Reversing desertification

 

Photo credit: GGW Gambia

How do we reverse desertification?

Desertification is yet another consequence of climate change that takes a great toll on biodiversity, natural resources and, ultimately, the lives of people who inhabit drylands. Along with measures to curb and compensate it, there are several solutions for bringing life back to arid lands. It is called “reversing desertification”, and it has a great deal to do with permaculture.

In 1989, in “La Chanson d’Azima”, French singer France Gall sang: “When the desert advances / Life flees / It is our decline / An impossible fight.” The song ended with these alarming words of caution: “The night is falling / Upon this dreadful emergency / And it is towards our tombstones / That the desert advances.” In the Seventies and Eighties, desertification and aridification became important concerns, as people became increasingly aware about human-induced climate change. 25 years later, desertification remains a major ecological and environmental problem. But thankfully, it is not an irreversible phenomenon. In an attempt to counter France Gall’s pessimism, here are some positive actions we can take to reverse deforestation.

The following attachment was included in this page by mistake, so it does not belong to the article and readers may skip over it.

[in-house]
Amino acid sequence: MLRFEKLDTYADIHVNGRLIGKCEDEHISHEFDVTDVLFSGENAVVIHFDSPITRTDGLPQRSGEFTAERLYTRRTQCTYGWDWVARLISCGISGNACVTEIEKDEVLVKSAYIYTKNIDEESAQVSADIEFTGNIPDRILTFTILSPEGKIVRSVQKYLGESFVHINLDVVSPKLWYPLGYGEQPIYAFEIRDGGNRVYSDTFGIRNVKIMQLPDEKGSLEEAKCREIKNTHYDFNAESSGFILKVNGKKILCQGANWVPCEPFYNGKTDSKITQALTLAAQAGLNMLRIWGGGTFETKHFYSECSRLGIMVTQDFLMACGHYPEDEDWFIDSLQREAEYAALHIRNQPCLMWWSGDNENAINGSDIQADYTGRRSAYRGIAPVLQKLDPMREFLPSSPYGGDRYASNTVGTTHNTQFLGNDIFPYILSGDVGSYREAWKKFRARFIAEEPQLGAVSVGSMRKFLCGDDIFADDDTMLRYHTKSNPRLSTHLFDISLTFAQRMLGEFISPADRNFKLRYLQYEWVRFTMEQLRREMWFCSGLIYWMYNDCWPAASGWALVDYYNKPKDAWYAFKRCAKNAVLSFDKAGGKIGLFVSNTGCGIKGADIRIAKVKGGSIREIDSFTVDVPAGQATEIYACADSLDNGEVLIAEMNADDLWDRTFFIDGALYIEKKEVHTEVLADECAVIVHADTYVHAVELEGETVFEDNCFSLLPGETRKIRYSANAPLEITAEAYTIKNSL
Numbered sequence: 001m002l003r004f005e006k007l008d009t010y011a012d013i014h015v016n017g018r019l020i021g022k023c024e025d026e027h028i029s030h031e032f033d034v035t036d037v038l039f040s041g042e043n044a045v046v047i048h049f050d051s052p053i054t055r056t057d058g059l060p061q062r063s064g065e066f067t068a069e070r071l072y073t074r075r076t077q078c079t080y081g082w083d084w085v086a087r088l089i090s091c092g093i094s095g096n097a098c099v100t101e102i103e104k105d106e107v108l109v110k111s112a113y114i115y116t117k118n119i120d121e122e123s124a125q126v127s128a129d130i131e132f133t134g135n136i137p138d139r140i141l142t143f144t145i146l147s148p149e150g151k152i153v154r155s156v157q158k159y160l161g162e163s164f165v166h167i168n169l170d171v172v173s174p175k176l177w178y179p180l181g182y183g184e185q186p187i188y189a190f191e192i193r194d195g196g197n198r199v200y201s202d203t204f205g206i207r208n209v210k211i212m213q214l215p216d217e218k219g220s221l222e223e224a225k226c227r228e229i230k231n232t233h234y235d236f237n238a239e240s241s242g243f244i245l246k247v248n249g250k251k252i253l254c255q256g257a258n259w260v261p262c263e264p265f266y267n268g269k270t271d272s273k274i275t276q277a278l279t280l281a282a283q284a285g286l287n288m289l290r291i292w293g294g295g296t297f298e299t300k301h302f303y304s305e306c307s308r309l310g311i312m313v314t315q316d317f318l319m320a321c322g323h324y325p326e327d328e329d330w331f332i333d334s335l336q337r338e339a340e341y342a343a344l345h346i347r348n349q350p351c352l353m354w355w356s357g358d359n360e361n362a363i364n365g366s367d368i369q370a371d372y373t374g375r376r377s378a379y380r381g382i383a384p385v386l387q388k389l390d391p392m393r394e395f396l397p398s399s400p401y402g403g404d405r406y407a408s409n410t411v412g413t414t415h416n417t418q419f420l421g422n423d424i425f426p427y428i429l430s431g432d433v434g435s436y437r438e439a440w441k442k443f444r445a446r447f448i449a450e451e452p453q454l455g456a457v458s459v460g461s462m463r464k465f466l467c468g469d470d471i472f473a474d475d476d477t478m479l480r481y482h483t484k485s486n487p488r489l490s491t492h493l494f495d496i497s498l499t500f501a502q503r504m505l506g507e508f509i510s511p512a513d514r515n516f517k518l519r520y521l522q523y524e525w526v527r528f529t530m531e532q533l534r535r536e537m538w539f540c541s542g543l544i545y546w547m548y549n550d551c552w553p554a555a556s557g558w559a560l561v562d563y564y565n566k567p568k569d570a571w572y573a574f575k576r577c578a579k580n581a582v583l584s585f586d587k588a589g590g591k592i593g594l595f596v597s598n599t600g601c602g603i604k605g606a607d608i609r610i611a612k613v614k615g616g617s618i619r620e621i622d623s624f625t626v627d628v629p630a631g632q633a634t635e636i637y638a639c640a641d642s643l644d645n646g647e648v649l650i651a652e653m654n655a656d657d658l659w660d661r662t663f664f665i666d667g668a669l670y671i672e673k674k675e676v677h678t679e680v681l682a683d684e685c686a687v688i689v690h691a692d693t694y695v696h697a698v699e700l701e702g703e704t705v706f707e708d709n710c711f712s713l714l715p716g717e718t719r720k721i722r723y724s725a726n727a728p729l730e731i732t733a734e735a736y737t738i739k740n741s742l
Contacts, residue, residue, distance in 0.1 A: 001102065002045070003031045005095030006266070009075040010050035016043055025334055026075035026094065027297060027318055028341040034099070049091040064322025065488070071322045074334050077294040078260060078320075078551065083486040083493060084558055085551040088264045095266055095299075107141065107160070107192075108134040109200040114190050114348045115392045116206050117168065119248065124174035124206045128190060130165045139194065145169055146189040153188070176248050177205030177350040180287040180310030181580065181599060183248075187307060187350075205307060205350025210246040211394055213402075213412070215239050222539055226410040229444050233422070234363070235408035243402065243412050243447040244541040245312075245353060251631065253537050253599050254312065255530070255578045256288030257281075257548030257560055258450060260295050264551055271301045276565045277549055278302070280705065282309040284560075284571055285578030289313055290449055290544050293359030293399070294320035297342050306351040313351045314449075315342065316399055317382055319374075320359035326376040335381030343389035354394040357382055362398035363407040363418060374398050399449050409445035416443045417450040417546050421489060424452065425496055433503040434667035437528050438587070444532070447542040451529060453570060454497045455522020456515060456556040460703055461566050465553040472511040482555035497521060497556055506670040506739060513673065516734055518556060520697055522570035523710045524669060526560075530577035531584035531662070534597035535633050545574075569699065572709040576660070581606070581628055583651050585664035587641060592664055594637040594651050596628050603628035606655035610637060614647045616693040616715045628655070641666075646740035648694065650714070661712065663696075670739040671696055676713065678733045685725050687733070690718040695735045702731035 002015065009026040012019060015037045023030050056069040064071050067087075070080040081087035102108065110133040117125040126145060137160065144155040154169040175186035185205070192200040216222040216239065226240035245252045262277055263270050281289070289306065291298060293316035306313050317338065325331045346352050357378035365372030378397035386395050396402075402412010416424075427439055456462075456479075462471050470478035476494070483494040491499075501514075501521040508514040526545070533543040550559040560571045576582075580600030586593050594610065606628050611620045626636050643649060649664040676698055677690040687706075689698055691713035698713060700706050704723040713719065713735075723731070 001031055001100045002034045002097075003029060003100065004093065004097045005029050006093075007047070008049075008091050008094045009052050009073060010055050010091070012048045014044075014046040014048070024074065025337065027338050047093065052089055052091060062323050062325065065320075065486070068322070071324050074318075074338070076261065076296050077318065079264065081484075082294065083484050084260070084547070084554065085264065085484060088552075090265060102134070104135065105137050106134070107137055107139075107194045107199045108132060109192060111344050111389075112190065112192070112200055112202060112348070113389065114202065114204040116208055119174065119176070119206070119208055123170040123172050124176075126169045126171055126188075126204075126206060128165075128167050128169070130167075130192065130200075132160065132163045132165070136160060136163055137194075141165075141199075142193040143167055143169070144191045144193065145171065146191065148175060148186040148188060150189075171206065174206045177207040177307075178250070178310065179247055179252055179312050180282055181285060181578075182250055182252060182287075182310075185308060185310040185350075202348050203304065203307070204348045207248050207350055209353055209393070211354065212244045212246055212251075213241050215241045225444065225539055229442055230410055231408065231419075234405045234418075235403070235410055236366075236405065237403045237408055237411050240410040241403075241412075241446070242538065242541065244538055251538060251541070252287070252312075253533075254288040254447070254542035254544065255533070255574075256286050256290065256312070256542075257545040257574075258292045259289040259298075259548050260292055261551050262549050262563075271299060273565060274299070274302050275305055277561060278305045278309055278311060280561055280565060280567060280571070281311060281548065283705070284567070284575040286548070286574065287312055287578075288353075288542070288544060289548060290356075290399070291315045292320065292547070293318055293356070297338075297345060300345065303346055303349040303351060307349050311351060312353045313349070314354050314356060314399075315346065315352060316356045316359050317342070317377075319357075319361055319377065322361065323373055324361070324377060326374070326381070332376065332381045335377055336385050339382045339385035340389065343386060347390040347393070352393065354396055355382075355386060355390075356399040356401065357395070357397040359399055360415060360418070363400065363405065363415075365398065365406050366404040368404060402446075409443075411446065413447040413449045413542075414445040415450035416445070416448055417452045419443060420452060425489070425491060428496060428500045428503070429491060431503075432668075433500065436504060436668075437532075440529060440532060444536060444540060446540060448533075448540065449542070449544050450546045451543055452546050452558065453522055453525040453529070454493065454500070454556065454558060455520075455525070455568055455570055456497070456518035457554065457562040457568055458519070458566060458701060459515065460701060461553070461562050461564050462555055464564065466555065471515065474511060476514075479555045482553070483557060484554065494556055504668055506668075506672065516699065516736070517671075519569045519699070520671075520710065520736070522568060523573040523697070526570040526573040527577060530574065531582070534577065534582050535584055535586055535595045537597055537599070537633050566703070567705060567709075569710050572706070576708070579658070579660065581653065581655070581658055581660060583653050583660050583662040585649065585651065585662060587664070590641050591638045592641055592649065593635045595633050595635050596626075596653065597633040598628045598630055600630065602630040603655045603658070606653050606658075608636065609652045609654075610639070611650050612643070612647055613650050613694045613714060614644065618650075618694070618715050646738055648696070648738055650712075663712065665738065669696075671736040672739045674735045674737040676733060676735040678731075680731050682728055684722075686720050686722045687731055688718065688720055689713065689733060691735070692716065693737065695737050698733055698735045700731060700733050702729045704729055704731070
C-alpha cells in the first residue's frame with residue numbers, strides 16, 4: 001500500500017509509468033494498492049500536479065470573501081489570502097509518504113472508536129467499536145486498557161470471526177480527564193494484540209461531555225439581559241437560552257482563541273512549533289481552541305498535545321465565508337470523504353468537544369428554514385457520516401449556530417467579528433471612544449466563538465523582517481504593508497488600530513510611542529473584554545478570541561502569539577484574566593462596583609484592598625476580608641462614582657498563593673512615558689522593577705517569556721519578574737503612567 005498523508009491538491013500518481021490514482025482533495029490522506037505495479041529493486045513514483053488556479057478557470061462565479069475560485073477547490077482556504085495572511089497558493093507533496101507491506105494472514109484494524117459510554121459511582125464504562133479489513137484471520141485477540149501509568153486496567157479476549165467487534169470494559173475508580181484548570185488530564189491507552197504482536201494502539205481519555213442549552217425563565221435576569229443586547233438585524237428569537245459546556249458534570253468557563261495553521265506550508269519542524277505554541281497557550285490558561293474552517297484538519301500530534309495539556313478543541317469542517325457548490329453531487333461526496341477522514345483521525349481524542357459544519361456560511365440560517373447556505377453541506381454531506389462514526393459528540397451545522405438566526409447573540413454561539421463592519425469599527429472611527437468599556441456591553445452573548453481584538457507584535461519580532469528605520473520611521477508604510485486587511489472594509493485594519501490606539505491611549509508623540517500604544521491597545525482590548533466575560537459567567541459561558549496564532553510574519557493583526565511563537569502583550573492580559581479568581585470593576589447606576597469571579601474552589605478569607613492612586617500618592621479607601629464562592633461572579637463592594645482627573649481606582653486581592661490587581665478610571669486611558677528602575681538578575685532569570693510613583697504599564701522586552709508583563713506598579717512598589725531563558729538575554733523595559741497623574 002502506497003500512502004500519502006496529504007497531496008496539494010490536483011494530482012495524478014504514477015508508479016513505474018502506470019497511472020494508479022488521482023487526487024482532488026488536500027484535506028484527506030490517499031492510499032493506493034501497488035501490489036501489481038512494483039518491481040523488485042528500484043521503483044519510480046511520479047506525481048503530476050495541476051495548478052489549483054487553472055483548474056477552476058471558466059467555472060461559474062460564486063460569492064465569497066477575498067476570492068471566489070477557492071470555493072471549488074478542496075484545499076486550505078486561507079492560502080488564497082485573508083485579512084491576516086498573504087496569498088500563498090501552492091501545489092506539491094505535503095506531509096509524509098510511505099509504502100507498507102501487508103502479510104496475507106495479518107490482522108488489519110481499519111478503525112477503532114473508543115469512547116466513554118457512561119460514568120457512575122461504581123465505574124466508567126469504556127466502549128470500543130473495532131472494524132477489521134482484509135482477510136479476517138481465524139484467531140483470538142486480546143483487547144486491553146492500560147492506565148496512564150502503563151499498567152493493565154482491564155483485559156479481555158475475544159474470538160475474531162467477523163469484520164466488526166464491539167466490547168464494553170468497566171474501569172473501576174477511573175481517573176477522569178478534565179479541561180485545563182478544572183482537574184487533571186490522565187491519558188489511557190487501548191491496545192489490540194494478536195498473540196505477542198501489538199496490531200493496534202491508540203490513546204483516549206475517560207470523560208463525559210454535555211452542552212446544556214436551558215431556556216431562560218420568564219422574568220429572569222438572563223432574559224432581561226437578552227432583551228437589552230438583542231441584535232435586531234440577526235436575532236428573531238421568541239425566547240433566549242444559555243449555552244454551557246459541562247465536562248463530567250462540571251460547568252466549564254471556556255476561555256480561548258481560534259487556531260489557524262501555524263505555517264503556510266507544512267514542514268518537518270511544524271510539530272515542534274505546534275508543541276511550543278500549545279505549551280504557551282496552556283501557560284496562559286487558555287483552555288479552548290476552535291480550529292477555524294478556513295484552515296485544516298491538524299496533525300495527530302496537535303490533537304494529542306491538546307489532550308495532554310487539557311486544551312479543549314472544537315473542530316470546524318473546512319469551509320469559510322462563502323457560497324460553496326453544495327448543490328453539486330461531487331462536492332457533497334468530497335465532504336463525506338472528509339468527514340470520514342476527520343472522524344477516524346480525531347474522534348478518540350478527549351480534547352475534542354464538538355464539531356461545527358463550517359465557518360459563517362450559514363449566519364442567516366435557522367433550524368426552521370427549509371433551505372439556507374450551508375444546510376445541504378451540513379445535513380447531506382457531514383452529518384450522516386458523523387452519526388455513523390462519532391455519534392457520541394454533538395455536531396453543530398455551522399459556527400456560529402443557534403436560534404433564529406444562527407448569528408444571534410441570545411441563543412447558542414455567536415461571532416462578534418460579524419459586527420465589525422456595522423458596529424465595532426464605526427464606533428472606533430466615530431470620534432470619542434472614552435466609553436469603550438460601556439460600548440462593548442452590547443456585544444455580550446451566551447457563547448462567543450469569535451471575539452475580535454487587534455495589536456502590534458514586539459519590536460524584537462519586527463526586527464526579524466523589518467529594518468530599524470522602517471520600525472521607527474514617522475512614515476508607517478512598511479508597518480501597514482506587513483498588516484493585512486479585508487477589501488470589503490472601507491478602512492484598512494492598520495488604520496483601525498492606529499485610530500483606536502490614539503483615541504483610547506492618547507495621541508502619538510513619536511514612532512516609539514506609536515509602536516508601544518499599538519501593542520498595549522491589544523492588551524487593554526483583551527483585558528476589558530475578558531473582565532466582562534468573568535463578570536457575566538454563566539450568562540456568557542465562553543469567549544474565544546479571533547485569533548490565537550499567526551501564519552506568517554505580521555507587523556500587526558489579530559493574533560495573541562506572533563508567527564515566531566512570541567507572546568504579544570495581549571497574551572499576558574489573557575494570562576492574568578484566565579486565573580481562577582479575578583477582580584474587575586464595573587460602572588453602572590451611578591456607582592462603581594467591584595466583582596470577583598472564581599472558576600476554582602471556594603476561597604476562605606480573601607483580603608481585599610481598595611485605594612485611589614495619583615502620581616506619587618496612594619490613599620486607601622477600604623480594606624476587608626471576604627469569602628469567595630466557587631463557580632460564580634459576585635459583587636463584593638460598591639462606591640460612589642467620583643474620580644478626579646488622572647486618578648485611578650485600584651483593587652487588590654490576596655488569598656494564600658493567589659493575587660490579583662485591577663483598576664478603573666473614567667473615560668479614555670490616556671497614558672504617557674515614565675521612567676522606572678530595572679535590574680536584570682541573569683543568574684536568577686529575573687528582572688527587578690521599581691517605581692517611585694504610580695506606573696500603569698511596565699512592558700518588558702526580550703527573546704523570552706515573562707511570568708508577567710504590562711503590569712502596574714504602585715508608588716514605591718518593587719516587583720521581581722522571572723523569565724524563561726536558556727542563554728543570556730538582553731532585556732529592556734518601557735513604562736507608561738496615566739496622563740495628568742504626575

THE ANTHROPOGENIC CAUSES OF DESERTIFICATION

But first, let’s briefly define the concept of desertification, and the main challenges it poses. According to the Princeton University Dictionary, desertification is “the process of fertile land transforming into desert typically as a result of deforestation, drought or improper/inappropriate agriculture.” There are thus various causes, but the bulk of them are human-induced. For example, tillage for agriculture, overgrazing, and deforestation for fuel or construction materials. However, vegetation loss is the primary cause of desertification, as plants play a major part in retaining water and enriching the soil.

Read the full story: Great Green Wall Gambia

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Published by

Willem Van Cotthem

Honorary Professor of Botany, University of Ghent (Belgium). Scientific Consultant for Desertification and Sustainable Development.